Dire report warns California condor could be wiped out under Trump administration

From endangered to extinct — that was the grim upshot of an alarming report on Wednesday that points the finger of blame squarely on President Trump’s administration.

The Endangered Species Coalition released the 24-page report that dives into great detail about the perils endangered species are encountering in a much less-regulated wild.

The Endangered Species Act, which was enacted in 1973, has been at risk since Trump took office, claims the coalition, which cites the dismantling of the legislation through regulations that weaken existing provisions and hinder creating new safeguards.

The report focuses on 10 species facing imminent extinction including the California condor, the red wolf and the West Indian manatee.

Animals that went extinct in last 100 years
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Animals that went extinct in last 100 years

Baiji dolphin

Year declared extinct: 2007

Photo: Getty

Thylacine, also known as 'Tasmanian wolf' or 'Tasmanian tiger'

Year declared extinct: 1986

Photo: Getty

Pinta tortoise

Year declared extinct: 2012

Photo: Getty

Golden toad

Year declared extinct: 1989

Photo: Getty

Caribbean monk seal

Year declared extinct: 2008

(Photo public domain via Wikipedia)

Caspian tiger

Year declared extinct: 1958 or 1970

(Photo public domain via Wikipedia)

Formosan clouded leopard

Year declared extinct: 2013

(Photo public domain via Wikipedia)

Pyrenean ibex 

Year declared extinct: 2000

(Photo public domain via Wikipedia)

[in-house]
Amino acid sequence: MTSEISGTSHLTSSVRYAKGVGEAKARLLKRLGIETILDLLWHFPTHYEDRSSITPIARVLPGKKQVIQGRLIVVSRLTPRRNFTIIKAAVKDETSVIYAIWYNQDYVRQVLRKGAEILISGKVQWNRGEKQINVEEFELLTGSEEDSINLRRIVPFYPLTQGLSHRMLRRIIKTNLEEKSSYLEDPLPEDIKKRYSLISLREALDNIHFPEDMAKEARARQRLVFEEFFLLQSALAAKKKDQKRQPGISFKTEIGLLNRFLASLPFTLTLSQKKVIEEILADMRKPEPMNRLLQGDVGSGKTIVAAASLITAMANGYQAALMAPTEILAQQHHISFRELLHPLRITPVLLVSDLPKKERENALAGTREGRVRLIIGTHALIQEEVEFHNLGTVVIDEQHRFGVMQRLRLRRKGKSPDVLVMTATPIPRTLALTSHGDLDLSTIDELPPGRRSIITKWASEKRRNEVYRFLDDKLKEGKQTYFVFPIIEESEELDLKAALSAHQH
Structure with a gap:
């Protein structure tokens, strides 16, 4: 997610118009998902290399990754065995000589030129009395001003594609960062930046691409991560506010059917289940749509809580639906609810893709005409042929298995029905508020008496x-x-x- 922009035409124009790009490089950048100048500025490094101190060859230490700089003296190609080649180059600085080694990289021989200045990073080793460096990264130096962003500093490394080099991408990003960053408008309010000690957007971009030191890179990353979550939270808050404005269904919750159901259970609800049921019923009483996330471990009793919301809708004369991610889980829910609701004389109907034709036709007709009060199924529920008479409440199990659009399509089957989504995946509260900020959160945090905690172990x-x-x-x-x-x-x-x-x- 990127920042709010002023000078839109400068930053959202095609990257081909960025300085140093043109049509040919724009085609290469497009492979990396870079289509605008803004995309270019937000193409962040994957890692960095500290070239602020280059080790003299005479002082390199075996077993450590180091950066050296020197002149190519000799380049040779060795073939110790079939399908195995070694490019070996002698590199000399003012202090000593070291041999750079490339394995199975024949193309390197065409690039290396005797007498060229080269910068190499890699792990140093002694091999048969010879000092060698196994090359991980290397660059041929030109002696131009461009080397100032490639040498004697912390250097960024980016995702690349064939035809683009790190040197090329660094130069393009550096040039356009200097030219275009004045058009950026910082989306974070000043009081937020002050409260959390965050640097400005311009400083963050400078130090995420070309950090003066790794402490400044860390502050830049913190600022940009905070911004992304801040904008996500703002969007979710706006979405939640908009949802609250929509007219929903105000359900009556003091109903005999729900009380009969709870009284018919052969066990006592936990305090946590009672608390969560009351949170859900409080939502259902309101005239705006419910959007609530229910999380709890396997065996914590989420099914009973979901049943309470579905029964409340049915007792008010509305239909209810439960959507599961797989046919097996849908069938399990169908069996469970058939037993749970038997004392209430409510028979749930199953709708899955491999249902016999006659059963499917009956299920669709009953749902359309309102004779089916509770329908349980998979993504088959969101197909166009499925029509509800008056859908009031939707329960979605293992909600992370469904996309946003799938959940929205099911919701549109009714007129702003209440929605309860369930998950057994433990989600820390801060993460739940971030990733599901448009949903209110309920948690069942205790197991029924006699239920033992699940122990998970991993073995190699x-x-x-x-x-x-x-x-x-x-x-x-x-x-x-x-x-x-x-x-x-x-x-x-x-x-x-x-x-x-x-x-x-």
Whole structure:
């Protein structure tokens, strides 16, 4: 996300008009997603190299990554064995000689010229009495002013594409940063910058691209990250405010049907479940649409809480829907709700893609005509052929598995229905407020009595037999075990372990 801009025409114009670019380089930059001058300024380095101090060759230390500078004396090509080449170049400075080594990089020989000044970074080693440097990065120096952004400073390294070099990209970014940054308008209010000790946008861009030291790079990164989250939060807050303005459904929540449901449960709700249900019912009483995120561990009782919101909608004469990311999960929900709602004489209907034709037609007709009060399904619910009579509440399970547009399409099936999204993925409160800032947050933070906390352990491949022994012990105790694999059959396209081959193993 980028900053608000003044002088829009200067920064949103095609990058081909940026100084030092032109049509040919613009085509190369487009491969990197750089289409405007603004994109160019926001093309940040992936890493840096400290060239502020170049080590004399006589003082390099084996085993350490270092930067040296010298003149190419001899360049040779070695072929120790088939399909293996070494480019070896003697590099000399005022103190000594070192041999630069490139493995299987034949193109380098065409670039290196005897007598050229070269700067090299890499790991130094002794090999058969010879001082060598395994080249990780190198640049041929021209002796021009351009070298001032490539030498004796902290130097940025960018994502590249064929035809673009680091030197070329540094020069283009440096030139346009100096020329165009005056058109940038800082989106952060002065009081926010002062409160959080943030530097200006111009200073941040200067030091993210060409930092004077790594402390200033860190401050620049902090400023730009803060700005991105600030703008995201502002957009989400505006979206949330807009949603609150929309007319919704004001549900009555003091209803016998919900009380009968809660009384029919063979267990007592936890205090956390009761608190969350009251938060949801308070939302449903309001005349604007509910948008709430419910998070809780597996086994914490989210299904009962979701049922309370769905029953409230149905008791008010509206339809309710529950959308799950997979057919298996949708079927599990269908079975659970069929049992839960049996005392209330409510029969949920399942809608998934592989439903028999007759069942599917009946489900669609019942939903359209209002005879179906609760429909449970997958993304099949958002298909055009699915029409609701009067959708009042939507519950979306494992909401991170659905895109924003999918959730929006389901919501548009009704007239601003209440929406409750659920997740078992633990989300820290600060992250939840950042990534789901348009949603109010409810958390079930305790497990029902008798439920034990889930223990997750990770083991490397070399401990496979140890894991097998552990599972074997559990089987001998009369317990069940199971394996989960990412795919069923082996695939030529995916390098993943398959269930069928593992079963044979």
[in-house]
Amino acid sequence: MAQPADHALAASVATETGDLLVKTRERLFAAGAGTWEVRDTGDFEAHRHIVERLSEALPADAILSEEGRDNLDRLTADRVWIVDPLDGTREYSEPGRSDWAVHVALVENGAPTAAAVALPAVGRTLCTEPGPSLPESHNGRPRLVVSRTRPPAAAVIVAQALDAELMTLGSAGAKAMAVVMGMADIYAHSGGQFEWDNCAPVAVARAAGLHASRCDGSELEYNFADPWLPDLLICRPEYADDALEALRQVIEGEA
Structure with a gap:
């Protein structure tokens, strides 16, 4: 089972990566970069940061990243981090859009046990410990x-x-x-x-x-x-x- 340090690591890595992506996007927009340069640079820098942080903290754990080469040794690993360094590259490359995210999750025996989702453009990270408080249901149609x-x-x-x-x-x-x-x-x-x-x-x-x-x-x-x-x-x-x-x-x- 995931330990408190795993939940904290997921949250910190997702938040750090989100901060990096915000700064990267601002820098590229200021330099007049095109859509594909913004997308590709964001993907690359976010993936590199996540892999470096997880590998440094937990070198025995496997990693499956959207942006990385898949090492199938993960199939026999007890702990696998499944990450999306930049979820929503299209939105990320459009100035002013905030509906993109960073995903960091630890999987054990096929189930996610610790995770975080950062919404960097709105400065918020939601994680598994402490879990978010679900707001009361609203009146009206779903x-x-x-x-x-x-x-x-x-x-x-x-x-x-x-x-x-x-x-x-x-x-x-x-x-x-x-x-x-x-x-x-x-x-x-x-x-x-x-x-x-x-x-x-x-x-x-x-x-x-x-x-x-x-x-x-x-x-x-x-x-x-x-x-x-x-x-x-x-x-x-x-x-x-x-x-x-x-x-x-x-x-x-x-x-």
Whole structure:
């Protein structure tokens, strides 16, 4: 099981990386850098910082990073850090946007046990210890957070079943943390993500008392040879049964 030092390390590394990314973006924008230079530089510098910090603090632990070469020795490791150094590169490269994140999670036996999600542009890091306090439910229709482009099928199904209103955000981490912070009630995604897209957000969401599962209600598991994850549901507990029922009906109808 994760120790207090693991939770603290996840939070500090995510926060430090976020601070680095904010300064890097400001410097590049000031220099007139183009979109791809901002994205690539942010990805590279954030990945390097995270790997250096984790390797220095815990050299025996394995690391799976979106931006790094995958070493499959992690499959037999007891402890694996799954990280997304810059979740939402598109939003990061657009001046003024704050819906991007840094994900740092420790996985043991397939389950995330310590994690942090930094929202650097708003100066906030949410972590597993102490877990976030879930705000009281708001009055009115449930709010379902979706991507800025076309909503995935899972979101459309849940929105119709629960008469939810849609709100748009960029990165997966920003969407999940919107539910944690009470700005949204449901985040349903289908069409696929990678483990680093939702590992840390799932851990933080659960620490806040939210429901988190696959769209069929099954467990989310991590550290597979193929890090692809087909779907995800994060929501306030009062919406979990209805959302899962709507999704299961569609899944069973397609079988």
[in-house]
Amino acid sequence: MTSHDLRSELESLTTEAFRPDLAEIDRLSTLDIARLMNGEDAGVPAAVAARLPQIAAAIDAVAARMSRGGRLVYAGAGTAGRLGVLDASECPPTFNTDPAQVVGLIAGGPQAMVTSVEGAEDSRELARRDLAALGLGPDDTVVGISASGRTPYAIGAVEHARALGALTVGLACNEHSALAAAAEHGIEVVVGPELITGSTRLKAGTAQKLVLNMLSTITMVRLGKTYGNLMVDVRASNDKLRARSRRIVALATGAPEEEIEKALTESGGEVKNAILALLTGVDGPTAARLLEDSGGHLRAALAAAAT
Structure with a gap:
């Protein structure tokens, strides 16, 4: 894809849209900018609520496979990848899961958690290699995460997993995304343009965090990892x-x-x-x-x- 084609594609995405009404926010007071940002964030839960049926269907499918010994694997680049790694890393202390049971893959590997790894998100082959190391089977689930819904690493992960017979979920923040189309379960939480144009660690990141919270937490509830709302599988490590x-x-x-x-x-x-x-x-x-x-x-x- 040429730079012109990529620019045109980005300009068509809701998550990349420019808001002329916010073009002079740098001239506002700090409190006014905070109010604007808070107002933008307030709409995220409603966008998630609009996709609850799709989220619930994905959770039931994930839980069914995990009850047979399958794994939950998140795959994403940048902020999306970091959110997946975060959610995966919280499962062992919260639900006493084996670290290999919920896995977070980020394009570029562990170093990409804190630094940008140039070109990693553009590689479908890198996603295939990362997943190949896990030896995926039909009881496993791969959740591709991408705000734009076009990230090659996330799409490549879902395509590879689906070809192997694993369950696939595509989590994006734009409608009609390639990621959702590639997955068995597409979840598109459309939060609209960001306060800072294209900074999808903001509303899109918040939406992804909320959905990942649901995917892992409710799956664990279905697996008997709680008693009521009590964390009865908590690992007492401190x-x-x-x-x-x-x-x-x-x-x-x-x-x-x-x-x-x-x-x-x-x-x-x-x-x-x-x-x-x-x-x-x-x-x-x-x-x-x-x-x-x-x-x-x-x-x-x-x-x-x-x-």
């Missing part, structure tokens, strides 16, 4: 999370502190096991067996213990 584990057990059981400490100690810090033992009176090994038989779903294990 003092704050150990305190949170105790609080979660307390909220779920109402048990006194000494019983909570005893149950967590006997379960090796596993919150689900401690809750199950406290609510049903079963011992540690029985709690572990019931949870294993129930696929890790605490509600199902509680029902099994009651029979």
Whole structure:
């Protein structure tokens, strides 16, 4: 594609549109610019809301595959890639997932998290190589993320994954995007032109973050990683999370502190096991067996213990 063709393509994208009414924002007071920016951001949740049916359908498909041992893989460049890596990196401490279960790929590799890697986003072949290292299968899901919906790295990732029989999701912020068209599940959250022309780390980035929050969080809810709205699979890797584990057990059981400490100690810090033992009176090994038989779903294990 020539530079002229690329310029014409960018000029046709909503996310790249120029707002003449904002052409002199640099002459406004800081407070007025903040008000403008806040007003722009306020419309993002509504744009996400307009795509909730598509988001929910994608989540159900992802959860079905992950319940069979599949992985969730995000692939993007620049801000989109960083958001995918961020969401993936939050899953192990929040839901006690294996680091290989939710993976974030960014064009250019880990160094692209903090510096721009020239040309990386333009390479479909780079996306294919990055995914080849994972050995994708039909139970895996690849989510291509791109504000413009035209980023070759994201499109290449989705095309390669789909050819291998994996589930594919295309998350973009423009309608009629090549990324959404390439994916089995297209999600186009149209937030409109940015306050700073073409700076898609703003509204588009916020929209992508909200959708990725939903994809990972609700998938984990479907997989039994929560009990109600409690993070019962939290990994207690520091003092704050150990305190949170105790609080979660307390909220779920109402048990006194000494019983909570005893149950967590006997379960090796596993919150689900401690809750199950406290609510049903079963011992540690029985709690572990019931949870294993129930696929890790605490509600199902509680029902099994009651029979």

Toolache wallaby

Year declared extinct: 1937 or 1970's

(Photo public domain via Wikipedia)


Among the biggest concerns for the California condor is the ingesting of toxins. Garbage dumps brimming with poisons and carrion laced with lead can hurt the birds who possess unusually strong digestive acids.

Other dangers include poachers, electrical lines and turbines. Environmental experts believe there are only about 300 of the majestic creatures on Earth.

“The Interior Department under President Trump has been especially cozy with the industries that are harming the very wildlife the department is supposed to protect,” said Endangered Species Coalition Executive Director Leda Huta. “If the administration has its way, the new regulations will put these species on a fast track to extinction.”

The red wolf, which was declared extinct in the wild nearly four decades ago, could only be found in captivity. Thanks to a successful breeding program, members were reintroduced into the wild in 1987, but as few as 30 may actually still exist today.

Under a U.S. Fish and Wildlife Service proposal, the animal’s habitat could be reduced by up to 90 percent.

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